Completely unexpectedly, track two, "Undying Spear", opens with an acoustic intro. At this point, the listener is led deeper into the dark thicket of horrors on display in Providence. This cut further showcases the band's ridiculous chops in a cavalcade of tangled blistering riffs. Put headphones on to relish in the detailed playing on offer, or simply play it loud to offend some neighbors held captive in quarantine.

Next comes the record's title track, and it's from this point that the band locks into its steady stride that remains more or less consistent through the end of the record. You can hear echoes of Death's 1991 masterpiece, Human in the gnarled labyrinthine structures of Providence. The record harkens back to golden times before "technical" became a dirty word when applied to death metal. Providence brings the riffs with plenty of low-end and ample urgency. Songs on offer here, like "Cudgel" and "Furnace Hibernation", are as these titles suggest blunt edged forces of restless burning fury.

In the wake of watching their live set, I remember getting an oil change later that week, reading an interview with the band on my phone. My wig was so flipped that I wanted to know more about how such a tumultuous din gets kicked up by these three men. The guitar player describes once upon a time flying from California to Pittsburgh on his birthday for the sole purpose of placing the band's demo cassette in the hands of the label boss of 20 Buck Spin, saying, "I told him it would be a real dick move NOT to put it out, after all that. ...he wrote me a couple days later, saying he wanted to do it." This anecdote recalls the lore surrounding the first Deicide record in 1989, when legend has it that Glenn Benton waltzed into offices of Roadrunner Records presenting them with the band's demo saying, "Sign us, you fucking asshole." You want OSDM bona-fides, Ulthar's got 'em. Providence represents everything the band gets right taken to an even greater extreme.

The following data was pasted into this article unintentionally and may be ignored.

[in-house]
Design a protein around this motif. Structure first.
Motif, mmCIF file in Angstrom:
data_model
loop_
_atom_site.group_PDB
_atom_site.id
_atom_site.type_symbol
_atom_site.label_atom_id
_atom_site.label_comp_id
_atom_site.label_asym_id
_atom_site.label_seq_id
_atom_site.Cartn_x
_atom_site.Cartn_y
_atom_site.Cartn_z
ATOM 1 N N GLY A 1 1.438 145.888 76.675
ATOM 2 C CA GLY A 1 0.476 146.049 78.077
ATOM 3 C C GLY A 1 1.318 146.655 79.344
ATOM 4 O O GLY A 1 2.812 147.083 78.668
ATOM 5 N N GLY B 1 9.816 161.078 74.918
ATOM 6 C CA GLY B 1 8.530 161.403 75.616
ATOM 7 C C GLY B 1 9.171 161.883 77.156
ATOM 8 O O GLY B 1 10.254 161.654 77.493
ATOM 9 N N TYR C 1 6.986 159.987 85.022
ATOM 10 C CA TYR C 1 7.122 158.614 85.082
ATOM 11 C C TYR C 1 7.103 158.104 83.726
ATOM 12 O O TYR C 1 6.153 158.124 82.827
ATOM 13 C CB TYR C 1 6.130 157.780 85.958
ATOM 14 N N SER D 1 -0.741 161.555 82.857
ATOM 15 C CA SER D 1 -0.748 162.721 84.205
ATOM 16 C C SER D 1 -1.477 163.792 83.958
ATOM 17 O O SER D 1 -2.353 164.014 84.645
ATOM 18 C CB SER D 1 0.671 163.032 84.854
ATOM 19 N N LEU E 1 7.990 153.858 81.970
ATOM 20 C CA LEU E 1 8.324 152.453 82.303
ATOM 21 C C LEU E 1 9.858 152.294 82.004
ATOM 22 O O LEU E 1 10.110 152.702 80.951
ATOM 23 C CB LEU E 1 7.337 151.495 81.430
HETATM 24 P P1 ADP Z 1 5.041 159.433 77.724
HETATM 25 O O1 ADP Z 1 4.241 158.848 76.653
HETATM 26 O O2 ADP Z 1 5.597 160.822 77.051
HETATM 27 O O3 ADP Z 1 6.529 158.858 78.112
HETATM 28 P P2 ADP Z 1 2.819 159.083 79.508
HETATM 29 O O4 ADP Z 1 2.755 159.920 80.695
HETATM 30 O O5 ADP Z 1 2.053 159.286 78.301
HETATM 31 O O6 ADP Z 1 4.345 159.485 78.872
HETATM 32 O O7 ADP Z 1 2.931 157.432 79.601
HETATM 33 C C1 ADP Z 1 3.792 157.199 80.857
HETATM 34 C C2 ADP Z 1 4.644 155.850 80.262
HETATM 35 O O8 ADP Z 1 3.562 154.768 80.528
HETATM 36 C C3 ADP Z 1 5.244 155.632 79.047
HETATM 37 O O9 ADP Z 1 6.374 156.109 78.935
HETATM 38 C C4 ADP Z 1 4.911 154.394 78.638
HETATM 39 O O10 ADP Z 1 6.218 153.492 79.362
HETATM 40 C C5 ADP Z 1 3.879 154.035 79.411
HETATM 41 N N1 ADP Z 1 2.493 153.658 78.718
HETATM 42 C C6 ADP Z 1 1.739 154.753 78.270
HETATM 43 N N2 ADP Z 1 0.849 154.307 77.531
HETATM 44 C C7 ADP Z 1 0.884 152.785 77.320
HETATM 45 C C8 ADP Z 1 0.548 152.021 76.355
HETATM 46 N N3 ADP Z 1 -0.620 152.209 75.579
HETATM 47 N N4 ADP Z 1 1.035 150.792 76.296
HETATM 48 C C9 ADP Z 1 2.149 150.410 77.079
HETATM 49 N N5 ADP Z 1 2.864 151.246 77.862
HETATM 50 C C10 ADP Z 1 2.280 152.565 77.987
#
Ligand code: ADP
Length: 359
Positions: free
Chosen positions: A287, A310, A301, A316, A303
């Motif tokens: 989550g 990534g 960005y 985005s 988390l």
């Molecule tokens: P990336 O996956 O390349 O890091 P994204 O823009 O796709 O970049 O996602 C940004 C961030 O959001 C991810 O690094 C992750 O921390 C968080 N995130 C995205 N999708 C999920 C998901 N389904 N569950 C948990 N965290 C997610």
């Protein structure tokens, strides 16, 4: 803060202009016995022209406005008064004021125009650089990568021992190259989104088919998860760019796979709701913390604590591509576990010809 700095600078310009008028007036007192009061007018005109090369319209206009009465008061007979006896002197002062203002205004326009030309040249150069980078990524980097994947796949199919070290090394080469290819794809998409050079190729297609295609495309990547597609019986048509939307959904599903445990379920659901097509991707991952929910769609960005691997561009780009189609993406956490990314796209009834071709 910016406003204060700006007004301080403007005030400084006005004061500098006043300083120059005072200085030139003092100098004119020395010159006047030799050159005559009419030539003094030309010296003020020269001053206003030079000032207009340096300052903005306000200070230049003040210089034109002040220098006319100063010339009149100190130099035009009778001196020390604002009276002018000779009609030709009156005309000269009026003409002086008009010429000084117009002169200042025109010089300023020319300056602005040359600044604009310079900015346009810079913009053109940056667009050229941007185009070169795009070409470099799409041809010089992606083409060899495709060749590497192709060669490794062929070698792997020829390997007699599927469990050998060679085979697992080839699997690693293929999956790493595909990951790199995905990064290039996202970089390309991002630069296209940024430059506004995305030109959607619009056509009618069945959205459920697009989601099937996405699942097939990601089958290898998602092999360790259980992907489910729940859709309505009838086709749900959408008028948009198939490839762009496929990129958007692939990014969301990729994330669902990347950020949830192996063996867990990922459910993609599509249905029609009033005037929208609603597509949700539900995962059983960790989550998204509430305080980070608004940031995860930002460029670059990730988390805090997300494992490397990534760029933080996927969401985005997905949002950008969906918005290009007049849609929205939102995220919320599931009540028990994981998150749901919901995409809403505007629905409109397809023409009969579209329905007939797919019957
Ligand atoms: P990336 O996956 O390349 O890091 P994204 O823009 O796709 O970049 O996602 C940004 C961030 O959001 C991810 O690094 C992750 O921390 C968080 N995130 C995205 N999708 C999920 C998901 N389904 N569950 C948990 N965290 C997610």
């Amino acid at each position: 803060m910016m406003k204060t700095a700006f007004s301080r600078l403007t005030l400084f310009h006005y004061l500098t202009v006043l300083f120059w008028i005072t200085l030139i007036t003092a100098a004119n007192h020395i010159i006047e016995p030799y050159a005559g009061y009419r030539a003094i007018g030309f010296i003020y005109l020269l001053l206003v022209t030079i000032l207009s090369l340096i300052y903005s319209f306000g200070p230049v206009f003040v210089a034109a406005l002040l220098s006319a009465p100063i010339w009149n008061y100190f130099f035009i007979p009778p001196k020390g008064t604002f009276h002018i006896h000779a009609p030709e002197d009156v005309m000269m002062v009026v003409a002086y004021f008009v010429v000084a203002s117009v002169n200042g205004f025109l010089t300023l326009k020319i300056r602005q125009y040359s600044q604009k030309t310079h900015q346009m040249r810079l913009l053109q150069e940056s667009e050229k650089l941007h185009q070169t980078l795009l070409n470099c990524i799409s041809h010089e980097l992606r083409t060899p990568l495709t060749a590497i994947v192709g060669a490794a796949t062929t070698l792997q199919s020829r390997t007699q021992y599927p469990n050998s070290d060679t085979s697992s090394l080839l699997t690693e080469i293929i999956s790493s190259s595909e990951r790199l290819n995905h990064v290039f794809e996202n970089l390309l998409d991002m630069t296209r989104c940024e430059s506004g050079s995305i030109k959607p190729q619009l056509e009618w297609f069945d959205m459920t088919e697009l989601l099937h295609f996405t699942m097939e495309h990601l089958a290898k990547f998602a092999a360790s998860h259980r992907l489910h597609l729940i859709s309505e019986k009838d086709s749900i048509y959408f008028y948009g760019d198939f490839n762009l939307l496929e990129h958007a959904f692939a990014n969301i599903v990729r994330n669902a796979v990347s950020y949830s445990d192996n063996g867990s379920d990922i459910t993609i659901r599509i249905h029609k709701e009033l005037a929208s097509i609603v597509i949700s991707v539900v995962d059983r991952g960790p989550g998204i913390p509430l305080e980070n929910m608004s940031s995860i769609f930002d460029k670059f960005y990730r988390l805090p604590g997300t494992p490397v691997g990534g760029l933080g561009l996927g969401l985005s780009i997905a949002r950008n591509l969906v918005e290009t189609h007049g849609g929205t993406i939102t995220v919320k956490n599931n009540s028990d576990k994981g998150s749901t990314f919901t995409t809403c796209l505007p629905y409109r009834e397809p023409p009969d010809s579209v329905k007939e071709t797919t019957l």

June 5, 2020

It's Bandcamp Friday Again.

It's Bandcamp Friday again, and for the third time they're waiving their fees. Originally the Fridays were meant as support for bands who had to cancel shows and tours because of the Covid-19 pandemic, but this time around many bands and labels have chosen instead to donate their proceeds. Ayloss from Spectral Lore explains:
It's Bandcamp Friday again, and for the third time they're waiving their fees. Originally the Fridays were meant as support for bands who had to cancel shows and tours because of the Covid-19 pandemic, but this time around many bands and labels have chosen instead to donate their proceeds. Ayloss from Spectral Lore explains:

"Together with 40 60 other metal bands, I'll be donating every purchase at Spectral Lore's Bandcamp page to the National Bail Fund Network. Support and solidarity to the demonstrators that fight for racial equality and against police brutality in the US, without any "but" or "if" or anything. This is a one in a lifetime uprising, even things that seem like they'll last forever like racism can be overturned if we fight hard enough."